Edmonton was among the league’s best both offensively and defensively this past season, placing top-10 in the leauge in both respectively. Having the best player in the league on your roster, you’re never really going to struggle too much. The Oilers are among one of the youngest teams in the NHL, and with more experience under their belts, they should challenge in a fairly weak Western Conference. The main thing Edmonton needs to improve and make it back to the playoffs is more experience. Scoring and defending a little better wouldn’t hurt either.
Los Angeles Kings
The Kings were among the league’s best teams just a few years ago. Now, they’re basement dwellers, to some extent, and have one of the worst offenses in the league. Their only saving grace being that they are still, somehow, one of the better defensive teams in the NHL. To make the playoffs this season, it’s plain and simple. They need to score more, and shoot when given even the slightest chance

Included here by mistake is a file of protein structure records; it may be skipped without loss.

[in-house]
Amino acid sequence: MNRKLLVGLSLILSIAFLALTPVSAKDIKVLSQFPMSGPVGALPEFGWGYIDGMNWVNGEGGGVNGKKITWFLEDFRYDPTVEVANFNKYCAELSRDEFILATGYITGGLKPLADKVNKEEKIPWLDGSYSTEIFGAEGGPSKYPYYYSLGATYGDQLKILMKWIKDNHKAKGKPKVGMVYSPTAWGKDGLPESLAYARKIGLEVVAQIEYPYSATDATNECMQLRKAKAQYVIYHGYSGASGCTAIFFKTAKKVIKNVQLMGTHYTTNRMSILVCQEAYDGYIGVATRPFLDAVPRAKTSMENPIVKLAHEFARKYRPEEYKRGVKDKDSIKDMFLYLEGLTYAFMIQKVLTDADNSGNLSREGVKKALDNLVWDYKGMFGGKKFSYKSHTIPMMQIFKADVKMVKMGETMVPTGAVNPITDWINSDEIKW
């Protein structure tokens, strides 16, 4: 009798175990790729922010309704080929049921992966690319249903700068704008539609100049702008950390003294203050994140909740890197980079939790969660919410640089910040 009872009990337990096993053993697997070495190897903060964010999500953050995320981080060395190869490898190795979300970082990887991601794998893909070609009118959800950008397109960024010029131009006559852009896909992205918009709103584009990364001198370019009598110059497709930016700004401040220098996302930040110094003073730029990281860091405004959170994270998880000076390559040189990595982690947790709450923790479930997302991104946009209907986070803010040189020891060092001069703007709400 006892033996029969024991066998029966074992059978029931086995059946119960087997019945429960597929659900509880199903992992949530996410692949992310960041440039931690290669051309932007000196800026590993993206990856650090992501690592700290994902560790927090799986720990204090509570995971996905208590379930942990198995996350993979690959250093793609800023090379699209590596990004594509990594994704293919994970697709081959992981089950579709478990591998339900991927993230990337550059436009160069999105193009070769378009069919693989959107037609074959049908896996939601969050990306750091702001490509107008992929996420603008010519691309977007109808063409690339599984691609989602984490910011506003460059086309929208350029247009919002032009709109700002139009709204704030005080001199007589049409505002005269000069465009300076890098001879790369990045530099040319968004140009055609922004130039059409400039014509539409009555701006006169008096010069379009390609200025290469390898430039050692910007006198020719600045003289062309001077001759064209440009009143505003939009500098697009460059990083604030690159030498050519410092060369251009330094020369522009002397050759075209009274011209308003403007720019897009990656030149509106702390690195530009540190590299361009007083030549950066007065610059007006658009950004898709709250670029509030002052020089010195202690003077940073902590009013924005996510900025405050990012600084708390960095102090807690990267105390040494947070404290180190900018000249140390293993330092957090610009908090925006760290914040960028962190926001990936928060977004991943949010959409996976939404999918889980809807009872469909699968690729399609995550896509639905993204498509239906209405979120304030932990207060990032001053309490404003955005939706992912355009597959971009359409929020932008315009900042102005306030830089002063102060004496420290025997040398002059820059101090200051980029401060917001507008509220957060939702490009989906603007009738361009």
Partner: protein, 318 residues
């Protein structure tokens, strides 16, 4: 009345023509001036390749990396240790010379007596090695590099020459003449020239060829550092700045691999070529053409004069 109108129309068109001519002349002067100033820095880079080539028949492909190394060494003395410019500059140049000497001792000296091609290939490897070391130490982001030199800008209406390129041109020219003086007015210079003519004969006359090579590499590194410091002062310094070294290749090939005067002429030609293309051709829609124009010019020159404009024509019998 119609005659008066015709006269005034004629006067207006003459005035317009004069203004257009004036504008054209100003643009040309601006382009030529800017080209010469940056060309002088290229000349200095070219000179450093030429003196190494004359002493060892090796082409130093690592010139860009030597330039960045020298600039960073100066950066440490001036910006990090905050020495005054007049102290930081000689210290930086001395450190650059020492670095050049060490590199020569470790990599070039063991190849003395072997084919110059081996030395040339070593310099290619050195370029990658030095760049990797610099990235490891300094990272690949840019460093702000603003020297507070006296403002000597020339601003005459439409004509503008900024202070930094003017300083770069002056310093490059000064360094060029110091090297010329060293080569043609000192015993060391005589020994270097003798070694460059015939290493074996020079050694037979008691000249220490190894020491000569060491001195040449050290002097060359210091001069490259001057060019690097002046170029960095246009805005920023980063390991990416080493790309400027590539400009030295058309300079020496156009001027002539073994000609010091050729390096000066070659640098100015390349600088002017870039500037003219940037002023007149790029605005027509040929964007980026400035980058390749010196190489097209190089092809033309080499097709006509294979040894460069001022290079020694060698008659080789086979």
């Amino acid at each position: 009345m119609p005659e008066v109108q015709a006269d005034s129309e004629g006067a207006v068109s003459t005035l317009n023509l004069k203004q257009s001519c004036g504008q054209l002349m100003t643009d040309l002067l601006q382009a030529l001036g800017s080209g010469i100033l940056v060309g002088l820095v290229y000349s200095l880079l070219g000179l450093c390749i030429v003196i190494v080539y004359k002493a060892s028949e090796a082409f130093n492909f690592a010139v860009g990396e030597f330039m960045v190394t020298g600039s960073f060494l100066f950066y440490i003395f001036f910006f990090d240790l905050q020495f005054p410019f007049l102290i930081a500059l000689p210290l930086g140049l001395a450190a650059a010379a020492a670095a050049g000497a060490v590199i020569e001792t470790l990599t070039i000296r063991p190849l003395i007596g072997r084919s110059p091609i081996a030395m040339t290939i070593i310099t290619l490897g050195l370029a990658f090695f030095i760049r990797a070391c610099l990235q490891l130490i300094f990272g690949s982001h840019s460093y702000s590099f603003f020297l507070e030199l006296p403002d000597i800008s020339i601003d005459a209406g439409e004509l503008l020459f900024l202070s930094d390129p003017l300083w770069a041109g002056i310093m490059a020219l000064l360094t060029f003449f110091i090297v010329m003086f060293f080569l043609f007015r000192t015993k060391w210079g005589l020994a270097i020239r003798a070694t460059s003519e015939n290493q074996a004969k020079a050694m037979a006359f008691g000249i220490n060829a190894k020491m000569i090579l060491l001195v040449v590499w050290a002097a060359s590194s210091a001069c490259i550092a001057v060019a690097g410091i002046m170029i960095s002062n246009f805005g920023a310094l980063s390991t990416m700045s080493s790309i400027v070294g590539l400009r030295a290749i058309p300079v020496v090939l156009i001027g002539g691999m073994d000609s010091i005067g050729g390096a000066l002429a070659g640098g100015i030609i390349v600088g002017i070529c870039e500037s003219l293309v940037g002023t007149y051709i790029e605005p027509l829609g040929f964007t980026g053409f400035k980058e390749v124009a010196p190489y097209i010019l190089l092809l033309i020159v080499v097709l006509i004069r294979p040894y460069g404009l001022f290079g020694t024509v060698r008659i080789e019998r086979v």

San Jose Sharks
The Sharks are an interesting case. Their offensive and defensive numbers are similar to the Kings, ranking just slightly higher than Los Angeles in each. No matter, the Sharks are one of the league’s better teams. Offensively, there is significant room for improvement, with Brent Burns having the most points and a share of the most goals on the team. While he is an offensive minded defenseman, he definitely shouldn’t be the leading scorer on a team. Assuming other players step up on offense, the Sharks could once again challenge for a Stanley Cup in a fairly weak Western Conference.